He also has struggled to comprehend how one minute I can be leaning over you pretending to eat your toes and giggling with you, and the next I can be at my wit's end because you refuse to go for a nap or you have smeared pureed vegetables all over your high chair. To be honest, if it didn't happen to me, I wouldn't understand it either. It's extreme and it's exhausting. In his mind, I should do whatever I can to try and stop this pattern repeating itself. It sounds so simple when I type it out like that, but I know it's not that easy. Besides, I have been trying, but it still happens...

So you see your father and I, we think differently. We always have and I suspect we always will. Before you came along, however, that was easy enough to deal with. We disagreed, we argued, we ignored each other for a while, we made-up, we moved on.

But now you're here I don't want to spend hours not speaking to him. In fact, we have to communicate more just to logistically keep our lives ticking over. I mean dinners, daycare, bath and bed times don't just magically happen. It's taken me a long time, and perhaps a sweet Mother's Day note, to realise that from the moment you were here we had to not only start learning a new way to live together, but a new way to love each other.

Because here's the one big truth I've not even hinted at in previous diary entries. Having a baby has really tested us and I know it's going to keep on testing us. That's got nothing to do with my post-natal anxiety or depression (although that's presented it's own separate challenges) this is just the effect of going from a family of two to three. It has meant we have needed to learn a new way to communicate, a new way to argue, a new way to support, love and care for each other, even when sometimes we really don't want to because we're both sleep-deprived, both stressed and we've said really unpleasant things to each other.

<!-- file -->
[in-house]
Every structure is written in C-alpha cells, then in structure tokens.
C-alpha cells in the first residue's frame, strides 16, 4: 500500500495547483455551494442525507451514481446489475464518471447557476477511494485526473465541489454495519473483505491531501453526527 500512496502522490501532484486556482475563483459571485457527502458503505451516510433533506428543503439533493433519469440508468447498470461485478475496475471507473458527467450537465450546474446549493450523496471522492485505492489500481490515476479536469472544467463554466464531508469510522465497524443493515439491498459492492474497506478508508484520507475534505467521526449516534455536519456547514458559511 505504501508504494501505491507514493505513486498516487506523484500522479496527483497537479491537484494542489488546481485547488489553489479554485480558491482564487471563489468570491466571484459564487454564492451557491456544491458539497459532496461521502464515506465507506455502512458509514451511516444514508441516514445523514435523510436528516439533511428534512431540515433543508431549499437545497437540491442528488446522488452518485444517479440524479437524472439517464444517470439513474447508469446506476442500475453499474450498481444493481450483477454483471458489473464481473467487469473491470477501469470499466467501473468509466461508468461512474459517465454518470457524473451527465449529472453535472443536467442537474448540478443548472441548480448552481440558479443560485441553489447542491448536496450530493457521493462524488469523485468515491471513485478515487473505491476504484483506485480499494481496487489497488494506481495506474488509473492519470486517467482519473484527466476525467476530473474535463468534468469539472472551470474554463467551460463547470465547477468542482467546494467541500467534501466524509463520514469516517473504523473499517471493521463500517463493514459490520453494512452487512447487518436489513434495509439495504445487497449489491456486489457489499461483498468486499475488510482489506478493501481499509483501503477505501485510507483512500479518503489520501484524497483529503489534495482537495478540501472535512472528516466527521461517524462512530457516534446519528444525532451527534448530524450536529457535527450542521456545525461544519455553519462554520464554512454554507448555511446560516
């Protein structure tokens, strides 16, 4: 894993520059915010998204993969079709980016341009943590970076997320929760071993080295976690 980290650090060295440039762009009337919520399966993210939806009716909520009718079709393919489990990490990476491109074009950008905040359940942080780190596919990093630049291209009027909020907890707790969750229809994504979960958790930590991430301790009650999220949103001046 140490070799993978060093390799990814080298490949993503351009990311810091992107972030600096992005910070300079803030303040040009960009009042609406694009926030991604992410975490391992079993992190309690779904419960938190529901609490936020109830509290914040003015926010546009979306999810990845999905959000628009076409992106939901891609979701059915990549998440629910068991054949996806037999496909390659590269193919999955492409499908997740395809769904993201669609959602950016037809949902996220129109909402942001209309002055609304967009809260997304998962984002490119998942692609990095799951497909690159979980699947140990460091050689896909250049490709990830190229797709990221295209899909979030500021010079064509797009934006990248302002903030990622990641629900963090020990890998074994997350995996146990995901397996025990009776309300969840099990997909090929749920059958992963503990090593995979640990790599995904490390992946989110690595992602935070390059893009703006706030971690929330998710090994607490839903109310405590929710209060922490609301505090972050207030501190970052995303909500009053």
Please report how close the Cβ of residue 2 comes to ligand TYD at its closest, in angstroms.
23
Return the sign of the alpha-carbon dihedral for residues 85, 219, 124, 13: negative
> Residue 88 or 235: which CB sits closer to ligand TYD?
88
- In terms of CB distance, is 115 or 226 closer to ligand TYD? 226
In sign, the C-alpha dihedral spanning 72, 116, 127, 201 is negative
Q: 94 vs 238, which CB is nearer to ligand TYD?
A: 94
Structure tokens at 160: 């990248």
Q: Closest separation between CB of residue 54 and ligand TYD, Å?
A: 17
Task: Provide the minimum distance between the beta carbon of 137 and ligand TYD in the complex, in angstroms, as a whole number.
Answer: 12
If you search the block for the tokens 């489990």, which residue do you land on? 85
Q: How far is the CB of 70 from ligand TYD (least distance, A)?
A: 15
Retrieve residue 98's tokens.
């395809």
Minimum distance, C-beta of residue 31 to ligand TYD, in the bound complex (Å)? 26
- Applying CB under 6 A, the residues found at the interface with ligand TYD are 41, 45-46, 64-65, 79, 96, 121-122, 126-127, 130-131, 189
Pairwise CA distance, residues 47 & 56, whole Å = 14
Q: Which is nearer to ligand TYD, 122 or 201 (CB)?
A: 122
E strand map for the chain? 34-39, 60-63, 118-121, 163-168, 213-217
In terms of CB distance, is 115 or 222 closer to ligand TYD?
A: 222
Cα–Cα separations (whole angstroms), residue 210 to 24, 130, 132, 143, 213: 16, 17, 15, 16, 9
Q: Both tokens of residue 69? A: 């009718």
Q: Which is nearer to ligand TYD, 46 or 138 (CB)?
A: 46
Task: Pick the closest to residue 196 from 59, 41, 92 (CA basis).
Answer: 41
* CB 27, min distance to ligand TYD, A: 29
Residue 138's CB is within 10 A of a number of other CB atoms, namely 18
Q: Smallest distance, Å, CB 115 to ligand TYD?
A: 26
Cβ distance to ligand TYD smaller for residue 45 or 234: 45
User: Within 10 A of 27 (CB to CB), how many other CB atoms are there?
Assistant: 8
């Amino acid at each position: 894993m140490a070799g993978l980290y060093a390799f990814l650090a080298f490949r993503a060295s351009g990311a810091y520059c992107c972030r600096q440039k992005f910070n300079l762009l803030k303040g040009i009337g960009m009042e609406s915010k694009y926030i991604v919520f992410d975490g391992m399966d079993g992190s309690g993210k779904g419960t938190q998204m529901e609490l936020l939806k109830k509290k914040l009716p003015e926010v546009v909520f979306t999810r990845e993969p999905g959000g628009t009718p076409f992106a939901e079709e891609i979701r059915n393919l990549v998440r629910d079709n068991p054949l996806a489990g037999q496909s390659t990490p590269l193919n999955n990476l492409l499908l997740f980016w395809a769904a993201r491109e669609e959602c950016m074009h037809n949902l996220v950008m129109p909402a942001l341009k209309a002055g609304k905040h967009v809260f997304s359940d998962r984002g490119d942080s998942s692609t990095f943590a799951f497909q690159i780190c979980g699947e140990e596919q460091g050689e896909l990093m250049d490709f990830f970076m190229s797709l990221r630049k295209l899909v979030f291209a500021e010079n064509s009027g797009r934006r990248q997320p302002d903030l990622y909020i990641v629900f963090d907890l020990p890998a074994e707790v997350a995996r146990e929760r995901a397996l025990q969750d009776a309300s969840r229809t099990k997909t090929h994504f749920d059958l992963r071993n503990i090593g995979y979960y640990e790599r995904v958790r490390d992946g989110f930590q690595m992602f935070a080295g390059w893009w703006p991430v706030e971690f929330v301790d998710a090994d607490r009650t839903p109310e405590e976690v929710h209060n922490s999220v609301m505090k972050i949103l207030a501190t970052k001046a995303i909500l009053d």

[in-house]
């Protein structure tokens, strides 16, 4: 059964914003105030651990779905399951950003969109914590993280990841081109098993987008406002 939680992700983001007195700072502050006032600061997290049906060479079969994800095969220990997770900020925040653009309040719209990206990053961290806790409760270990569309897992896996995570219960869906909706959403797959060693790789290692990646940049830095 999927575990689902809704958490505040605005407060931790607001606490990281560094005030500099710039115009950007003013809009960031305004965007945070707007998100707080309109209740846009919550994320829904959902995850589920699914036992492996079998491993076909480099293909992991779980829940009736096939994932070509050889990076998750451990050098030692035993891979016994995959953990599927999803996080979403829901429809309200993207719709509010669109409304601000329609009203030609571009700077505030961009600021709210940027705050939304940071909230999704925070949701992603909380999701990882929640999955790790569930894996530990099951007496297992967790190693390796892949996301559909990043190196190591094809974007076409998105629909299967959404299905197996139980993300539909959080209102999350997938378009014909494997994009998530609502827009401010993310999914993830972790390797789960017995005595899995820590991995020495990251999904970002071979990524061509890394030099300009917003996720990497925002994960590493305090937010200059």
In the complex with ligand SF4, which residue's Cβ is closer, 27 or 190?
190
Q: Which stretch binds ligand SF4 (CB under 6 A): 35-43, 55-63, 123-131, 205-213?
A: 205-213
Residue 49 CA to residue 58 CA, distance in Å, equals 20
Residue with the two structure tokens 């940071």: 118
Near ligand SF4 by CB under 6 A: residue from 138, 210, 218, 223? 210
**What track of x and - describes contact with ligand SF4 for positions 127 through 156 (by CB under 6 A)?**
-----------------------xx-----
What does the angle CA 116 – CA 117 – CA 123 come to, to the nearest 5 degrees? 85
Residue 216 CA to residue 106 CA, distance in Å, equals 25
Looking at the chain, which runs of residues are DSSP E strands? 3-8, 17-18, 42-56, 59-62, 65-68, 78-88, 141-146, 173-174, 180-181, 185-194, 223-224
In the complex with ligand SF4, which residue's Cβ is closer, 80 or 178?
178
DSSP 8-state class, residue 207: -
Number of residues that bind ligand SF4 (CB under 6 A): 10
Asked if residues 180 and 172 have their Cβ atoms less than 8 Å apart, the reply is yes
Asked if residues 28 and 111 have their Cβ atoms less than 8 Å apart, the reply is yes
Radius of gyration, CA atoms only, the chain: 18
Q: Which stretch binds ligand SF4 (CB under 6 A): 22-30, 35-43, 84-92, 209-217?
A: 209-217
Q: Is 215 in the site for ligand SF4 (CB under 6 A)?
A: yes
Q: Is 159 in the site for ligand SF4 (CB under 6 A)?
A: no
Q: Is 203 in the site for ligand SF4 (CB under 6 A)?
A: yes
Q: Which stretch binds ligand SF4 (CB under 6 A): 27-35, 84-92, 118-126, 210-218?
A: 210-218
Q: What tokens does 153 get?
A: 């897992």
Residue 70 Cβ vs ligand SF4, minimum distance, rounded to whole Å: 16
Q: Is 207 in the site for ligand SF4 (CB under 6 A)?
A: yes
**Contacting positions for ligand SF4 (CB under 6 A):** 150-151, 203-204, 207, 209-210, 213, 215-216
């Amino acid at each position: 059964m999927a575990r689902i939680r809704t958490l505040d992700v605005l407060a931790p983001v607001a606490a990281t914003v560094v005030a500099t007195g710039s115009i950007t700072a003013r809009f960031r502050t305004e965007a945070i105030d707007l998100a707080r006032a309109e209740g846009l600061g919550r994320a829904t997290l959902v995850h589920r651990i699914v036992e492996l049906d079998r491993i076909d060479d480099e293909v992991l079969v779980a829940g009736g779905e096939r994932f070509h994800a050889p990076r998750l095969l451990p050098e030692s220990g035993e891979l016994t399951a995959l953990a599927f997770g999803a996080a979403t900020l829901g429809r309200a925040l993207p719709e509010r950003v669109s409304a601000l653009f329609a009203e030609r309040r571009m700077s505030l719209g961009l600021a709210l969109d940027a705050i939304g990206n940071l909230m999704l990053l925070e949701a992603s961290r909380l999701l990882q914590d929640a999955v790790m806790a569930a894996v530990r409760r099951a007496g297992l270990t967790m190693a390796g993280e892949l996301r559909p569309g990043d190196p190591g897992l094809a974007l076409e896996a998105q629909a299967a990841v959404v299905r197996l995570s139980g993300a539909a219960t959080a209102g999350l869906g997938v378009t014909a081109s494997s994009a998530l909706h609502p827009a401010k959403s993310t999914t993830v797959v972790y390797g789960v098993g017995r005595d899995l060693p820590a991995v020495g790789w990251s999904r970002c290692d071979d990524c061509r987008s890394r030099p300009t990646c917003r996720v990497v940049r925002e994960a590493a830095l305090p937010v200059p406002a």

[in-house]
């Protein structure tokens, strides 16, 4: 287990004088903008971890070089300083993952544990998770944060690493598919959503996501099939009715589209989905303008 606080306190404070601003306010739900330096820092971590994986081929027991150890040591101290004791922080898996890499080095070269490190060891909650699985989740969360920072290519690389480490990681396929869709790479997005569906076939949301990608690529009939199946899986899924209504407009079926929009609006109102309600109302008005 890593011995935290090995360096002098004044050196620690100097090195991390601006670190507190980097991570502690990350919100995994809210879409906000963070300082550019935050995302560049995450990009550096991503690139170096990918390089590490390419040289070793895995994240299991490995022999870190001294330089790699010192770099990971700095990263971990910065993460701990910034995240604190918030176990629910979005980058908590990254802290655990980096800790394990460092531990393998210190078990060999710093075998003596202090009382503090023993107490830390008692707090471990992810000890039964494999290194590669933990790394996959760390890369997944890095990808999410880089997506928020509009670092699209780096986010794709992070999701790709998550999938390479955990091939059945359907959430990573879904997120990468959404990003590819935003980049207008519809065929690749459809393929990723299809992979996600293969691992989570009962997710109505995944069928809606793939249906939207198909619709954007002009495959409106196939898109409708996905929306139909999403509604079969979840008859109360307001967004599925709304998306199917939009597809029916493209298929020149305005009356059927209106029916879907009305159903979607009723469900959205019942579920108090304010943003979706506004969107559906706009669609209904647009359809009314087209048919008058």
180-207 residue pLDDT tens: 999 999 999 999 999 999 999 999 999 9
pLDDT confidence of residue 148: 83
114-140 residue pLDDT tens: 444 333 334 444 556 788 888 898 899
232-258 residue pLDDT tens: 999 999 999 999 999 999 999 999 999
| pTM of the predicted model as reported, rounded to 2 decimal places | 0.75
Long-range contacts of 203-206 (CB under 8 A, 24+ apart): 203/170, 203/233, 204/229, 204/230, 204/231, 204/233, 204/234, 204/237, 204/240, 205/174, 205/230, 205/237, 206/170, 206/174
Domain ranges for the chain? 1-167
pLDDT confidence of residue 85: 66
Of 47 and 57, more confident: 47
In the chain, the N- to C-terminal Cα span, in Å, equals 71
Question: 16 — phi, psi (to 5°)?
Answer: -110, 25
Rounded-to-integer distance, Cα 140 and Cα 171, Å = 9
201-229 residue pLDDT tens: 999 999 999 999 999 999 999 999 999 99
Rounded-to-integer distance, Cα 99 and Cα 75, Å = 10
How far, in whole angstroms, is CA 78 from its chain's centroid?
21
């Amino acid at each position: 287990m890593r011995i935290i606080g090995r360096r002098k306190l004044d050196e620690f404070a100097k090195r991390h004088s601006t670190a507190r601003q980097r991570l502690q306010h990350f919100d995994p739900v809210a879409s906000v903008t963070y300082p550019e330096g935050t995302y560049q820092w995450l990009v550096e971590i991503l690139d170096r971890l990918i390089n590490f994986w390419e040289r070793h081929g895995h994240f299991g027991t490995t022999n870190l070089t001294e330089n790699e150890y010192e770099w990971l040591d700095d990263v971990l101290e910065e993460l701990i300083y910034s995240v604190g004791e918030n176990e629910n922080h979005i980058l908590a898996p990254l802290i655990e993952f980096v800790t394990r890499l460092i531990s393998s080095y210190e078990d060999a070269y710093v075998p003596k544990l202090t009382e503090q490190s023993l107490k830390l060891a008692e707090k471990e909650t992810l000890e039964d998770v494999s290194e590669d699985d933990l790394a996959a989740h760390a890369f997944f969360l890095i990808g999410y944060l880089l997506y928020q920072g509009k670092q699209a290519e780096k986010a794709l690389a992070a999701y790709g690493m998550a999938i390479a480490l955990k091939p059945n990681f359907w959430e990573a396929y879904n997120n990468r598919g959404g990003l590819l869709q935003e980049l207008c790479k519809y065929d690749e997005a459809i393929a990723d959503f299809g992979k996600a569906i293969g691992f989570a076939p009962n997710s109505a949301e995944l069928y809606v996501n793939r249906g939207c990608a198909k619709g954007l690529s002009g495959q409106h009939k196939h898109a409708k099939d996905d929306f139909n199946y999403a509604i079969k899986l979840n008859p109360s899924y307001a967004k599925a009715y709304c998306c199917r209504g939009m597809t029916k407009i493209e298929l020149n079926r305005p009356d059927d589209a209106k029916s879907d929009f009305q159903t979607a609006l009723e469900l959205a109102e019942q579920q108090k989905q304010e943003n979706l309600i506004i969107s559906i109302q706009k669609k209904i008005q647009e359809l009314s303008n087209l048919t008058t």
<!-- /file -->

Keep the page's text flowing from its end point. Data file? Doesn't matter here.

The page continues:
When I think back over the first six months of your life, I'm a little ashamed at how we have both behaved. There's nothing to be gained from going into detail, but simply put, it wasn't our finest hour as individuals or as a couple. And now, although the lows aren't so low anymore and the highs just keep on climbing to greater peaks, I am still very aware of how much work my relationship with your dad needs. Not because it is broken or needs fixing, but because the stronger it is, the stronger we are for each other, and for you.

So today, on Mother's Day I want to acknowledge your father and thank him for making today special, and for all he does to make us stronger.

Your definitely-from-Venus, crazy-in-love-with-your-Martian-daddy, but-please-don't-grow-up-as-stubborn-as-him, crazy-in-love mother x

Frances M. Thompson

Londoner turned wanderer, Frankie is an author, freelance writer and blogger. Currently based in Amsterdam, Frankie was nomadic for two years before settling down with her Australian partner and having a baby boy in July 2015. She collects vintage clothes, loves 70s disco music and writes stories that move you.